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Meeting Africa's Business Education Needs

Posted By Guy Pfeffermann, Tuesday, April 05, 2011
Updated: Thursday, January 31, 2013
Guy Pfeffermann

In a recent article in the Financial Times, Walter Baets, Director of the University of Cape Town’s Graduate School of Business, makes some interesting points about the need for an African business school model.

He sees a new "wave of colonization” as foreign business schools establish beachheads in Sub-Saharan Africa. Most "bring pre—existing European/US models to Africa, as if this will be the answer to all of the continent’s problems”

Baets goes on to say that the assumption behind the approach of these western business schools is that the only way to help Africa to develop is to impose an established business school model on the continent, rather than contributing to the development of local resources. But local development is more sustainable. Money invested in developing local resources will contribute to a country’s long-term sustainability.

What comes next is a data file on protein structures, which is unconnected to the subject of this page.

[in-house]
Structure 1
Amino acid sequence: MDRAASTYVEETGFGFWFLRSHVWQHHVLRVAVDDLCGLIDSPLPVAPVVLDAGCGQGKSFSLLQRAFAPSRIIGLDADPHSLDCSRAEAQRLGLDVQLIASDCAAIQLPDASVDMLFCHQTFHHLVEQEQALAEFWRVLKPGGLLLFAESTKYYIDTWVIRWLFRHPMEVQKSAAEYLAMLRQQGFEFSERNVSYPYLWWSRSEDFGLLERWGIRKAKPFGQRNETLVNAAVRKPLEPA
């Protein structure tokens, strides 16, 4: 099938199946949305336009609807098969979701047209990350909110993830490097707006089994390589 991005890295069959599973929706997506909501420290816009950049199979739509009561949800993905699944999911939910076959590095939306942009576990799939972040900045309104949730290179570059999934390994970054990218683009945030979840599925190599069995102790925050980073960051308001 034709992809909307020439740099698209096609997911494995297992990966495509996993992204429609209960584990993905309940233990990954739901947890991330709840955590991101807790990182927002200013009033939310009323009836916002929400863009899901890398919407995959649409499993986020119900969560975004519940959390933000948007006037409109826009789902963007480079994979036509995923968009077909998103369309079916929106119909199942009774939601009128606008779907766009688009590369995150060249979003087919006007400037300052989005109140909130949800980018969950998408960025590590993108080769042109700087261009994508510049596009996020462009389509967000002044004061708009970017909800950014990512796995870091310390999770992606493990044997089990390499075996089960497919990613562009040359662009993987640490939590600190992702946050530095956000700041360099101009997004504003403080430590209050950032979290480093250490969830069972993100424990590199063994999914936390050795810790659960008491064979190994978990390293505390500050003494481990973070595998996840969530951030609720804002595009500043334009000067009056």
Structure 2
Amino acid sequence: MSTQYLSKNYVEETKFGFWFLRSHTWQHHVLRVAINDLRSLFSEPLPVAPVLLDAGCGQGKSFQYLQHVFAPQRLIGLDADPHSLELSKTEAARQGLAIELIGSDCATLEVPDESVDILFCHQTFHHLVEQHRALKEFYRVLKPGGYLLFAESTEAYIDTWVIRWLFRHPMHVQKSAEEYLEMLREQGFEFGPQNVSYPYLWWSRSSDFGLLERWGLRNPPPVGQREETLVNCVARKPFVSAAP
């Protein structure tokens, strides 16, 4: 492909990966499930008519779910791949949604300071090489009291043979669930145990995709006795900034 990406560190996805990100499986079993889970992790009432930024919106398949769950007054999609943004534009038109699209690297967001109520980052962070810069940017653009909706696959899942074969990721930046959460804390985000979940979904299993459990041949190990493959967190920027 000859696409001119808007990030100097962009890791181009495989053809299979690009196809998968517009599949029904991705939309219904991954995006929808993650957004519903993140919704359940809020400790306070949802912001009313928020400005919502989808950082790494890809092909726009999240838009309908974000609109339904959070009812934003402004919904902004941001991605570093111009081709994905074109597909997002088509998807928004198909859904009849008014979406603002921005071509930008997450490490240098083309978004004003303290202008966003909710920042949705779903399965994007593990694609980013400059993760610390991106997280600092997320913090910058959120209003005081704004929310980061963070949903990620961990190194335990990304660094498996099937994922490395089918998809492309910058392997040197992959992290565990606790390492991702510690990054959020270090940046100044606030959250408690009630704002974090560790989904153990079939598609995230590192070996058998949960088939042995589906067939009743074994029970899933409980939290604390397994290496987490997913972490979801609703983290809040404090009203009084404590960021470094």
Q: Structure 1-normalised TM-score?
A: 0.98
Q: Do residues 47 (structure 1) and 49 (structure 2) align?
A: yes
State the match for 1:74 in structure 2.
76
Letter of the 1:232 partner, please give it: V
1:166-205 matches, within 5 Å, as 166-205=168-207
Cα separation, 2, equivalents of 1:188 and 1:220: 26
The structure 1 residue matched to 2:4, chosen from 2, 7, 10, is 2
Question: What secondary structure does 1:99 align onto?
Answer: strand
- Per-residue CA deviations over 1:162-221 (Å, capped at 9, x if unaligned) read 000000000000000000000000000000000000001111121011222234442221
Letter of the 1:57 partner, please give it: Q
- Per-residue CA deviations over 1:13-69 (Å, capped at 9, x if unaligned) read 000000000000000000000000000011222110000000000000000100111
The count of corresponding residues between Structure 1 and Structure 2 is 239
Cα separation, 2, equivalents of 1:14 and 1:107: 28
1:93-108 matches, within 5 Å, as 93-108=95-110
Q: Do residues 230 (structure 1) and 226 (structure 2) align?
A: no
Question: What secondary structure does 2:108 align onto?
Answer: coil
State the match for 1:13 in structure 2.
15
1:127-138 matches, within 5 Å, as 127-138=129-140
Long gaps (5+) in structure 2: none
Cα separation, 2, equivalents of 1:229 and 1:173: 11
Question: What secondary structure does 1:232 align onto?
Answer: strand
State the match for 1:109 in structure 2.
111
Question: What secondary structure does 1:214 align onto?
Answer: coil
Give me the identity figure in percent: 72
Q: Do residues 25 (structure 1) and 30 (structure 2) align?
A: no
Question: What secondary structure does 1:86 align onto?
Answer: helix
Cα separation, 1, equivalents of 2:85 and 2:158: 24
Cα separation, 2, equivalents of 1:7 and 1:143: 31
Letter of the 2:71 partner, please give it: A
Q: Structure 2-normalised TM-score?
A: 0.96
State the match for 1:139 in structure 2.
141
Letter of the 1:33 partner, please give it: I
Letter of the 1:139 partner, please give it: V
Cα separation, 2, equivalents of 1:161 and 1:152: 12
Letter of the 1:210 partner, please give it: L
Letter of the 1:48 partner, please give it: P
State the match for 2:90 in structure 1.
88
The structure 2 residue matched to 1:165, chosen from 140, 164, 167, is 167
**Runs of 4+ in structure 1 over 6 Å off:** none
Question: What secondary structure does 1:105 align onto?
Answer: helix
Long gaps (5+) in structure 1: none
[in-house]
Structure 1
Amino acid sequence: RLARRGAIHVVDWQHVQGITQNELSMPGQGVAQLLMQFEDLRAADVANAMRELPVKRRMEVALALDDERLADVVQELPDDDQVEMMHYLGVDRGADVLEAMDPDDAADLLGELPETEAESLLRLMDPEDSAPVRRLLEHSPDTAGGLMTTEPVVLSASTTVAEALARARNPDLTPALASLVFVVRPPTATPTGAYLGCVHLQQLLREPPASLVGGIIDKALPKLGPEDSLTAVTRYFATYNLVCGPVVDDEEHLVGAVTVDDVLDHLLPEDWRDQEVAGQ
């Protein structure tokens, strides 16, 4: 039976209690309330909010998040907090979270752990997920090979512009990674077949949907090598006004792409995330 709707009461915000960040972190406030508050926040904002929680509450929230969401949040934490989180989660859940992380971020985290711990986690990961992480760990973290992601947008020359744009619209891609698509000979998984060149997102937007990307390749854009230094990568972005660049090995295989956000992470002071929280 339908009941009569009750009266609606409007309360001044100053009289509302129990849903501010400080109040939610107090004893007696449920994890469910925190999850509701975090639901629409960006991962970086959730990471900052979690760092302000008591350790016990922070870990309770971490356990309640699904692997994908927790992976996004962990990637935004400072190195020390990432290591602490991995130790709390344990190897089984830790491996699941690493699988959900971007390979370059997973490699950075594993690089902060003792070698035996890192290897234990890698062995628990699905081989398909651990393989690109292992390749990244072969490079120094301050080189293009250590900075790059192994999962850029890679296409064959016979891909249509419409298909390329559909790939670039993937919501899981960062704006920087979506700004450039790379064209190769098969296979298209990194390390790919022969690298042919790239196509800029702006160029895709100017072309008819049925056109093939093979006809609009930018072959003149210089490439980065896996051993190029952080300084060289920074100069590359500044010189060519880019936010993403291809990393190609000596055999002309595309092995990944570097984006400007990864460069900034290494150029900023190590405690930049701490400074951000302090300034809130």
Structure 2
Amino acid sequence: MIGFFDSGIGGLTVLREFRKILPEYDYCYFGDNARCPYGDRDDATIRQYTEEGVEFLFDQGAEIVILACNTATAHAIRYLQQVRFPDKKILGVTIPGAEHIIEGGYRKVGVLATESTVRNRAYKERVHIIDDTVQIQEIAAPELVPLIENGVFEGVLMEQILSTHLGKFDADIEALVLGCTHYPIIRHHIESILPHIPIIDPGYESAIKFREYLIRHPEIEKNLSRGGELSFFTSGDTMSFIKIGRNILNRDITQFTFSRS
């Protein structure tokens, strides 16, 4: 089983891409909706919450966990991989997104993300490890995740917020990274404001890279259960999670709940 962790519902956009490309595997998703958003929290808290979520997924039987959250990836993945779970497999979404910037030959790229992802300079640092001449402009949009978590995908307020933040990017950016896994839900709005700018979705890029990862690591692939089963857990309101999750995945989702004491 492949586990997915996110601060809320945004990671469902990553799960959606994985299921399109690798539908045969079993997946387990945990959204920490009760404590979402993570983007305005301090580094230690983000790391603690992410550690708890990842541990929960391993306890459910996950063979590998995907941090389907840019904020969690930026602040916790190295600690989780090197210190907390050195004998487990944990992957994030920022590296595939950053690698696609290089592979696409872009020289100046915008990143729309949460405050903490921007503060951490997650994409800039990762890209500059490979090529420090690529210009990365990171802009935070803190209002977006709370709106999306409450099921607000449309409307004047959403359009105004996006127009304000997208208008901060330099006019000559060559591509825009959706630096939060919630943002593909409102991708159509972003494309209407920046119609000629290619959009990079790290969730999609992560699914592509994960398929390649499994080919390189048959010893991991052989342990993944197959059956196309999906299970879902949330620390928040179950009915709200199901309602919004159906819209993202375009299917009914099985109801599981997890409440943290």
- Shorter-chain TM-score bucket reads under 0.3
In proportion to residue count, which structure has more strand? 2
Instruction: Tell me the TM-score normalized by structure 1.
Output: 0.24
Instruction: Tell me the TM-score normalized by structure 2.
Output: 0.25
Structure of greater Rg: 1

As an economist, I have a hard time seeing competition between African and foreign business schools as a "bad thing". After all, consumers of business education are consenting adults, who decide where they are likely to get the best value for their money. Of course, foreign schools should not be viewed as a silver bullet: there is inherent value in home grown institutions.

I entirely agree with Walter Baets that "We can achieve more by working together and respecting multiple perspectives..." African business schools have come a long way in recent years, thanks in part to the work of the Association of African Business Schools (AABS), but Western business schools may not be fully aware of this development, and tend to ignore them

The Global Business School Network, which I founded, creates a framework for business schools from industrial and emerging markets to come together, to exchange ideas and engage in collaborative projects. Network members come together physically at GBSN's annual meetings, and I can testify that African and foreign business schools come out of these meetings with a host of collaborative ideas. GBSN member schools are learning how to become more locally relevant - an absolute necessity, if they want to train leaders and managers who are able to operate in local markets that are hugely different from those in rich countries, as Walter notes so eloquently.

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Guy Pfeffermann is the founder and CEO of the Global Business School Network.

Tags:  Business Education 

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